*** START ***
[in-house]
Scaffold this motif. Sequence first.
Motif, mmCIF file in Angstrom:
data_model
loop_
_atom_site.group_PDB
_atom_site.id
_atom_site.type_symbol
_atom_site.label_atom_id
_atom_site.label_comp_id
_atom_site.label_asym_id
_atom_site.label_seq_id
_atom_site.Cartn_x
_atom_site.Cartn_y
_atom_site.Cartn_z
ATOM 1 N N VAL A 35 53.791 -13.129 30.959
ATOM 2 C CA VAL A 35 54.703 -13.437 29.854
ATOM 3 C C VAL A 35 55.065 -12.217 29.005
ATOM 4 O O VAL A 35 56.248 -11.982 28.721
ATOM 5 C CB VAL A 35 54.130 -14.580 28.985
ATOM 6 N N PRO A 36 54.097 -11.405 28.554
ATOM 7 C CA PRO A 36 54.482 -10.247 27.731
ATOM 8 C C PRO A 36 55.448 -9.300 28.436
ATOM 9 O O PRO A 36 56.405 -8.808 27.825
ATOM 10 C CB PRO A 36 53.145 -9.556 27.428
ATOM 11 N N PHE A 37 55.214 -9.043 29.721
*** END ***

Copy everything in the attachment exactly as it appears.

[in-house]
Scaffold this motif. Sequence first.
Motif, mmCIF file in Angstrom:
data_model
loop_
_atom_site.group_PDB
_atom_site.id
_atom_site.type_symbol
_atom_site.label_atom_id
_atom_site.label_comp_id
_atom_site.label_asym_id
_atom_site.label_seq_id
_atom_site.Cartn_x
_atom_site.Cartn_y
_atom_site.Cartn_z
ATOM 1 N N VAL A 35 53.791 -13.129 30.959
ATOM 2 C CA VAL A 35 54.703 -13.437 29.854
ATOM 3 C C VAL A 35 55.065 -12.217 29.005
ATOM 4 O O VAL A 35 56.248 -11.982 28.721
ATOM 5 C CB VAL A 35 54.130 -14.580 28.985
ATOM 6 N N PRO A 36 54.097 -11.405 28.554
ATOM 7 C CA PRO A 36 54.482 -10.247 27.731
ATOM 8 C C PRO A 36 55.448 -9.300 28.436
ATOM 9 O O PRO A 36 56.405 -8.808 27.825
ATOM 10 C CB PRO A 36 53.145 -9.556 27.428
ATOM 11 N N PHE A 37 55.214 -9.043 29.721